In the opening sentence of Alastair Ray's report about media credits (Why IPG's stance on media credits sparks debate, page 24, 29 November), it is stated that media volume bonuses are totally legal.

This misses the point that failure to pass the benefits of these on to clients may, however, not be.

Firstly, it may be a breach of the actual contract not to rebate all negotiations.

Secondly, it could be in breach of the implied contractual condition of the agency using its best endeavours on the client's behalf, certainly if it has ever been stated that all negotiations are for the client's benefit.

Thirdly, it may constitute unfair competition and trading by misrepresenting the true pricing.

This probably explains why many agencies are so nervous and defensive about this whole area of operating.

IPG is to be applauded for highlighting and bringing an end to (as far as it is concerned) these dubious practices.


LUCY STAFFORD, Director of media Tri-Direct

While I wholeheartedly agree with Doreen Dignan's assertion that gender lines are blurring and consumers are aligning along interests and attitudes rather than traditional sex roles, using tools such as TGI, Cameo, existing customer profiles etc, offers greater variety and subtler targeting across the genders than those offered by the broad profiles in the feature (Women under the influence, page 4, Men and Women supplement, 29 November).

This we know ourselves from creating bespoke "pen portraits" to help us suggest the best possible media channels for our clients.

I think the PC issue is driven primarily by the discomfort that comes from the emotive descriptions of the key consumer groups.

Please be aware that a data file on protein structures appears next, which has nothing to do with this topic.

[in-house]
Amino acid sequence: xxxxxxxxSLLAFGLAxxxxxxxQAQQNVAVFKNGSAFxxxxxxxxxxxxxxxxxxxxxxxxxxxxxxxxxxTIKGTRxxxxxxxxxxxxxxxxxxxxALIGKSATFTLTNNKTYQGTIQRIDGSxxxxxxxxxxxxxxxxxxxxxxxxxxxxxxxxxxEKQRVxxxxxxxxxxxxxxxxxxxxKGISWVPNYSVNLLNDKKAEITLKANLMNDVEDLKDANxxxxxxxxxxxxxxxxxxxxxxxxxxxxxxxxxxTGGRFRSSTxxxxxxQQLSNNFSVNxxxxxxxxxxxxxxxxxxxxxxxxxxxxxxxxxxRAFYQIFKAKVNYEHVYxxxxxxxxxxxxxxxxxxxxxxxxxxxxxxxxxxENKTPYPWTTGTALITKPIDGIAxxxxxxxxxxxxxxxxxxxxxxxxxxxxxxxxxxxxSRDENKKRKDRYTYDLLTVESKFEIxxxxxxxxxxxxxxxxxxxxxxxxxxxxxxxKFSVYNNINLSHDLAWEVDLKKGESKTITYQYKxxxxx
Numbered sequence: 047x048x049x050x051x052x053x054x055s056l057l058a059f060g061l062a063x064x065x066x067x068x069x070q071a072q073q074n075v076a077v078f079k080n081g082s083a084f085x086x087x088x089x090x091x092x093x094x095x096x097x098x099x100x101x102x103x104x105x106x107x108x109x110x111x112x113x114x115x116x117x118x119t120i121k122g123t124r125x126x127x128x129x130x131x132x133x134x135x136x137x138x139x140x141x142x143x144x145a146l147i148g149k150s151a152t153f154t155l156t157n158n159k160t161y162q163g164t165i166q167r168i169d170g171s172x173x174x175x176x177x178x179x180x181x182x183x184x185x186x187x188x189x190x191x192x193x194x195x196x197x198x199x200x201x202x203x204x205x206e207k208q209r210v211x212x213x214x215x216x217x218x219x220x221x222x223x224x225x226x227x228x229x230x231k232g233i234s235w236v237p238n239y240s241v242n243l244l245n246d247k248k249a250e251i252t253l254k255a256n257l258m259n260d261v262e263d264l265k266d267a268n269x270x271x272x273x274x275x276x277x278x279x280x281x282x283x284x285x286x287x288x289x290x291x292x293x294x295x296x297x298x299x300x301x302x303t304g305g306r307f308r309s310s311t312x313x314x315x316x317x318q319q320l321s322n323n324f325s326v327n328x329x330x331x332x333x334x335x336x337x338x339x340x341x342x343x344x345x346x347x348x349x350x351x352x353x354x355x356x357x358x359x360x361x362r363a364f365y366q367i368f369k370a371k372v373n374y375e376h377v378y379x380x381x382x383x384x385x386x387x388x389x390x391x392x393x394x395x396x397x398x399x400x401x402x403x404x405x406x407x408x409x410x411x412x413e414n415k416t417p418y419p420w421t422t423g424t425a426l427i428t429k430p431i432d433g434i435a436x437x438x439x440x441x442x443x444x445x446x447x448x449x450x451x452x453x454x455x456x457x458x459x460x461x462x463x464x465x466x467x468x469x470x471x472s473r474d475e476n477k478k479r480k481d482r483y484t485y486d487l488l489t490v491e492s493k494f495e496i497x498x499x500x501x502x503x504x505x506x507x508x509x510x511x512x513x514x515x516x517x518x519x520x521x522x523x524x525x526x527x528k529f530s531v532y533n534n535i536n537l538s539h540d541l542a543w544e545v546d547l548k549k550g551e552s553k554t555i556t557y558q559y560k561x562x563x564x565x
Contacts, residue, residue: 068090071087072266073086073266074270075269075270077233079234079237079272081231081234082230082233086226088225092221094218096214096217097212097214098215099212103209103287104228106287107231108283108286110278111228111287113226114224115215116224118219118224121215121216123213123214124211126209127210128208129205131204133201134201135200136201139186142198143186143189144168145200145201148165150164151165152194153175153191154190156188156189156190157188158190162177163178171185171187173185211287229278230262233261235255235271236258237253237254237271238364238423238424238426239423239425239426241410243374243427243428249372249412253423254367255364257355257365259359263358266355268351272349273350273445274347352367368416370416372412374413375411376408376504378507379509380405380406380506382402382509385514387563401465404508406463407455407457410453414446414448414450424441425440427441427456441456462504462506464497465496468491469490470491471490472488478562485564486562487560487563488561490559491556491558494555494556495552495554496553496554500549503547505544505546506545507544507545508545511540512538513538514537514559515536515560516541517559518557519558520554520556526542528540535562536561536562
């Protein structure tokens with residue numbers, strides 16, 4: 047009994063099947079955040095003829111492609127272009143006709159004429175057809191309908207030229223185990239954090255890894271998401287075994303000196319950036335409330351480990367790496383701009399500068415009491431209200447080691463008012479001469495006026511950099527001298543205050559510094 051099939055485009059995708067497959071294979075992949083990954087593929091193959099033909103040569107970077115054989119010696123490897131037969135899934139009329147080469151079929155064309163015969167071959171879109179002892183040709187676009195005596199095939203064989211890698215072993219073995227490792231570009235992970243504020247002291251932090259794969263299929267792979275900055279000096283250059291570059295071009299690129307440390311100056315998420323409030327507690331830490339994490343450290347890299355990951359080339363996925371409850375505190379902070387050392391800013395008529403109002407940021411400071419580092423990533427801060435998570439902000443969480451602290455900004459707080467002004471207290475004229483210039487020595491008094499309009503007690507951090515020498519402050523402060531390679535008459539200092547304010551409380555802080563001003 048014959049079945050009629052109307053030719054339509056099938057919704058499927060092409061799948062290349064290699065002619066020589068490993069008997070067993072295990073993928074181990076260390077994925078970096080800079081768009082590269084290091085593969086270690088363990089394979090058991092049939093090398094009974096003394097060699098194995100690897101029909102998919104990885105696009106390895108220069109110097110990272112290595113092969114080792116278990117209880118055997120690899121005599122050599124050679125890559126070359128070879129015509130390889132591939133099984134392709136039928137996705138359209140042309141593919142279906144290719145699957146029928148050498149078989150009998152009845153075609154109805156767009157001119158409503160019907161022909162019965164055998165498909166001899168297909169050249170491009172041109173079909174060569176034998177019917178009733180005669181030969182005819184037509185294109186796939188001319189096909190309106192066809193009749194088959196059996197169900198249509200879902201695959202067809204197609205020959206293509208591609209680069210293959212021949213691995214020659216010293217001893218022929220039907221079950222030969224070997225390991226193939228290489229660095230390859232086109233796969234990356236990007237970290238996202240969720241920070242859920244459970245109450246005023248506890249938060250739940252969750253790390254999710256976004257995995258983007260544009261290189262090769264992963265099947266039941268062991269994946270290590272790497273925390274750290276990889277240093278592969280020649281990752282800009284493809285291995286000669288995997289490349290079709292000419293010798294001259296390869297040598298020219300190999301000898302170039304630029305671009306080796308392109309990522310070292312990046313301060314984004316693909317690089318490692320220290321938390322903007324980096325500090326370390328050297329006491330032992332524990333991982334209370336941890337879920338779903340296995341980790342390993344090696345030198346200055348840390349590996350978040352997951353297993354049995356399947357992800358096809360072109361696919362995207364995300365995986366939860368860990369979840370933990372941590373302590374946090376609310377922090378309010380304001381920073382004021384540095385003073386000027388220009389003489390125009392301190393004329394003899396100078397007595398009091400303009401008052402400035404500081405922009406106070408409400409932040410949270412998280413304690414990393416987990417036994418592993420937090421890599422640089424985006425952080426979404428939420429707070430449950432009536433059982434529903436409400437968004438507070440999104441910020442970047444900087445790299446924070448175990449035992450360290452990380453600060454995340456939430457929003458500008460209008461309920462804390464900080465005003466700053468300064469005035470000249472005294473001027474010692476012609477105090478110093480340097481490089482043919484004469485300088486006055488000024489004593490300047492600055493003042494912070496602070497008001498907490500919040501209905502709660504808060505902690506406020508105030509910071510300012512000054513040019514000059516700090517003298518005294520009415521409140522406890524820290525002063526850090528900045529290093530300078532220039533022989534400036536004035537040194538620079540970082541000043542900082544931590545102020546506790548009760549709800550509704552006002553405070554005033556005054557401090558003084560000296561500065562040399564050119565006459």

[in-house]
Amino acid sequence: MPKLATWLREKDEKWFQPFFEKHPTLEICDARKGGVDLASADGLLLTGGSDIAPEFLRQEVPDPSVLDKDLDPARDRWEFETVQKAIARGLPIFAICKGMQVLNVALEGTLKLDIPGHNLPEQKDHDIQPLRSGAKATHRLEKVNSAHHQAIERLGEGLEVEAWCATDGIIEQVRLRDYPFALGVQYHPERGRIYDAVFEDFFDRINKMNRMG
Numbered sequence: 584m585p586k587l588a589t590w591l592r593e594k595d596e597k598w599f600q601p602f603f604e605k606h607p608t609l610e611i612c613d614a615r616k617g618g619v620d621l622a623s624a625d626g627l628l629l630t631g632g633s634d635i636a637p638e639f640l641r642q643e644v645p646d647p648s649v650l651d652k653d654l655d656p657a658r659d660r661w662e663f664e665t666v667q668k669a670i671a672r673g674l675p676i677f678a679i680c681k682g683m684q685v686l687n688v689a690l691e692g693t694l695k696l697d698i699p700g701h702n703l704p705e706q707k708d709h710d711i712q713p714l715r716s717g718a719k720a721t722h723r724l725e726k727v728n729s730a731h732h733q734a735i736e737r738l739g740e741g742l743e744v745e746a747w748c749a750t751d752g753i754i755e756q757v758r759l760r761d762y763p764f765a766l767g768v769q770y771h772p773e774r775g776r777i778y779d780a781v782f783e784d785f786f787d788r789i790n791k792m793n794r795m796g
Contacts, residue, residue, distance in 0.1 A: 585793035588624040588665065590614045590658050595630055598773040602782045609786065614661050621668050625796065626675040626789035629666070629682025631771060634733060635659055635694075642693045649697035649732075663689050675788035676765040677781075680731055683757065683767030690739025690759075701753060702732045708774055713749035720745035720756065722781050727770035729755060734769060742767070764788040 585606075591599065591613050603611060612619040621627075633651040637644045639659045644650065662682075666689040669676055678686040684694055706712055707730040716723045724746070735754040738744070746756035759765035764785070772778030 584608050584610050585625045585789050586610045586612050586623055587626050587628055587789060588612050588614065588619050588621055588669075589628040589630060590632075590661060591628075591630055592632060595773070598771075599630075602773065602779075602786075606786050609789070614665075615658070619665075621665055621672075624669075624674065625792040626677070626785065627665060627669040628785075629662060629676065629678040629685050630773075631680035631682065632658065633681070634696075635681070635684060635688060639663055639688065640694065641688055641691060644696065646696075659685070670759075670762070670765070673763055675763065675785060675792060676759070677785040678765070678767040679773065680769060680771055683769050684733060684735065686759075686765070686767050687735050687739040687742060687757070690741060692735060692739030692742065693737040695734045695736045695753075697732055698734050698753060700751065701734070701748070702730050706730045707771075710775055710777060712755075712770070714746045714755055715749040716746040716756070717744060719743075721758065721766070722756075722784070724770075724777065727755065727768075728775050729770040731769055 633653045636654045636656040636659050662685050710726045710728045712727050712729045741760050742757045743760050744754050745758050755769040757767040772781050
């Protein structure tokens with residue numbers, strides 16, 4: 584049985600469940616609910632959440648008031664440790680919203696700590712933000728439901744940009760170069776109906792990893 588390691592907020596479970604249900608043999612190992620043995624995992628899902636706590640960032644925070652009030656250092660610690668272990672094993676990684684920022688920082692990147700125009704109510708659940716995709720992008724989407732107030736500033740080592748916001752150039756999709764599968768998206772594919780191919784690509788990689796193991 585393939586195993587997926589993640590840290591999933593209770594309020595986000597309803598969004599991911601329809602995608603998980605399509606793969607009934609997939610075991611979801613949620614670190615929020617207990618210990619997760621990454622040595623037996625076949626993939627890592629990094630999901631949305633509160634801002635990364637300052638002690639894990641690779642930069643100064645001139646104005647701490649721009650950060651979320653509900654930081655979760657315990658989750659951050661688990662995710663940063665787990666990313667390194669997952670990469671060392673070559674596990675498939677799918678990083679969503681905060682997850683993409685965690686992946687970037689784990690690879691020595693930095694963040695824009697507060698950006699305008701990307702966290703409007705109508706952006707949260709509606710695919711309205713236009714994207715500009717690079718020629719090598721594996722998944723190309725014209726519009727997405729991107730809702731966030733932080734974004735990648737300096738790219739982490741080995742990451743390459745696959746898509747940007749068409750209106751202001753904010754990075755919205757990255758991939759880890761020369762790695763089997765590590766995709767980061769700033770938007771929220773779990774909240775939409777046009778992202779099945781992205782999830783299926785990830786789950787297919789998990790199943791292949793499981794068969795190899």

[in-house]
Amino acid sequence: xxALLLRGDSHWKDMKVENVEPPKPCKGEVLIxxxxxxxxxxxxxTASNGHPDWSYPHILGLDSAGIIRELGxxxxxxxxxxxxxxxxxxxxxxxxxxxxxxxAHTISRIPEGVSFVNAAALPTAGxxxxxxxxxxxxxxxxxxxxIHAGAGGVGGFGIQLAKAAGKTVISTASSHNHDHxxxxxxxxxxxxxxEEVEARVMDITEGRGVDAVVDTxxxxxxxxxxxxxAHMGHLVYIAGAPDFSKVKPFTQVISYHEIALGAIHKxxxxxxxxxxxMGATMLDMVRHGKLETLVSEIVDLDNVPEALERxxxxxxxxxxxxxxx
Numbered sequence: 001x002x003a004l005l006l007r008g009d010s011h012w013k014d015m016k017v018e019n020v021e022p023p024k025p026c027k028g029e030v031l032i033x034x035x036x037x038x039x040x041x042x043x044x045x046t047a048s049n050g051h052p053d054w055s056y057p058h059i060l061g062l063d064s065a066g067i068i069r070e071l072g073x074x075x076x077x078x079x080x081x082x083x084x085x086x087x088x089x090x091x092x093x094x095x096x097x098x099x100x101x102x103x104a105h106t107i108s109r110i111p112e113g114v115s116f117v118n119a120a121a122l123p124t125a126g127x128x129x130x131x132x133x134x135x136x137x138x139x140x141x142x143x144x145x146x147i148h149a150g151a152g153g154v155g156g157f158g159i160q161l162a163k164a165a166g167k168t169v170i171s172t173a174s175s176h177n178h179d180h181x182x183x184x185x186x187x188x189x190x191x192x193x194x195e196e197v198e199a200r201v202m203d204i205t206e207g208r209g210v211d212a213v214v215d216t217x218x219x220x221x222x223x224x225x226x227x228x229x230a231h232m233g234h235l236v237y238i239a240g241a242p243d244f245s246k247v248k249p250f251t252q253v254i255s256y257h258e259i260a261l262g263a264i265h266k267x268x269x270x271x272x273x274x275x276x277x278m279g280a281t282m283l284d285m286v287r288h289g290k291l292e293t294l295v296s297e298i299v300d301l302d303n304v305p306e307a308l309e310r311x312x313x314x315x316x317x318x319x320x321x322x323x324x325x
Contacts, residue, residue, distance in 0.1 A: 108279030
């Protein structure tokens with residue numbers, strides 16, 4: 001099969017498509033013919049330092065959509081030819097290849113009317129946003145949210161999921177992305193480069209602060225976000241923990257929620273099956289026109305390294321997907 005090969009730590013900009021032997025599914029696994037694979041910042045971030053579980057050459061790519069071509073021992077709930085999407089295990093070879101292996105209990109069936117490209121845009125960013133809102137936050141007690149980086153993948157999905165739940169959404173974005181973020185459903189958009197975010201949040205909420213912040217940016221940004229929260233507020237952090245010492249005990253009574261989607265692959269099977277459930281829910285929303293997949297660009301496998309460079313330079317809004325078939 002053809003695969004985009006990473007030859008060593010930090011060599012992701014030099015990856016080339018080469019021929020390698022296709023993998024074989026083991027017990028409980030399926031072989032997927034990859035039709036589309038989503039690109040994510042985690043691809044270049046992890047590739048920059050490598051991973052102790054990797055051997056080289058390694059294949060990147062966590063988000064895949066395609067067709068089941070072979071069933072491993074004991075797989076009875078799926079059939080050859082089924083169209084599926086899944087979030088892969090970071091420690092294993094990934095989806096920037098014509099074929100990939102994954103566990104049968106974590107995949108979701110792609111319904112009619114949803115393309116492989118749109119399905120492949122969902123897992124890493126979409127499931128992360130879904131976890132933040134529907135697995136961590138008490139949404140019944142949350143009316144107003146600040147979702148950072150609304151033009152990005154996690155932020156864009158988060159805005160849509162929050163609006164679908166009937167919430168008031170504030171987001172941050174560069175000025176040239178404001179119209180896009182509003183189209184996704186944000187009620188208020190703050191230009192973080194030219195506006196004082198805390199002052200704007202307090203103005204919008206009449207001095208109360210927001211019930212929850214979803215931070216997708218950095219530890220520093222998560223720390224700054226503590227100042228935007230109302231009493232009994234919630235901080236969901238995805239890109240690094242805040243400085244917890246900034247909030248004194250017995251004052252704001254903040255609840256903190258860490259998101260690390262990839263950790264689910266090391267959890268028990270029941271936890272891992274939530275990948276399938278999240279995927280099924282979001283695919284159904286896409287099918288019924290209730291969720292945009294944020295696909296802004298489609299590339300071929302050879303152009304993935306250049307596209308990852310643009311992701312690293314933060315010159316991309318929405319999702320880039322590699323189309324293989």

All too often they can seem like the subjective and judgmental views of a (usually) male market-ing analyst. Of course, no one wants to be identified as "sad" or "insecure" or "desperate to be cool". And, as an Alpha Female, I don't like being dictated to, so I would say this, wouldn't I?


ALISON DRURY, Managing director London's Talking

Most of today's talk in the media world is of fragmentation and the customisation of consumer messages to the individual.

Technology is making this possible with everything from podcasting to texting weekly updates from favourite brands and the screening out of unwelcome ones.

The more we know about people, the more we can harness technology to communicate effectively with them.

So why isn't the world of market research and, in particular, the very personal world of qualitative face-to-face research, making a break with the past and employing this thinking in its provision of focus groups?

As media planners become, in many ways, keener to experience firsthand consumer insight than their advertising counterparts, shouldn't they be looking for partners in research companies who can provide them with fresh faces for focus groups? And shouldn't those faces be recruited from networks or databases with a wealth of personal information behind them?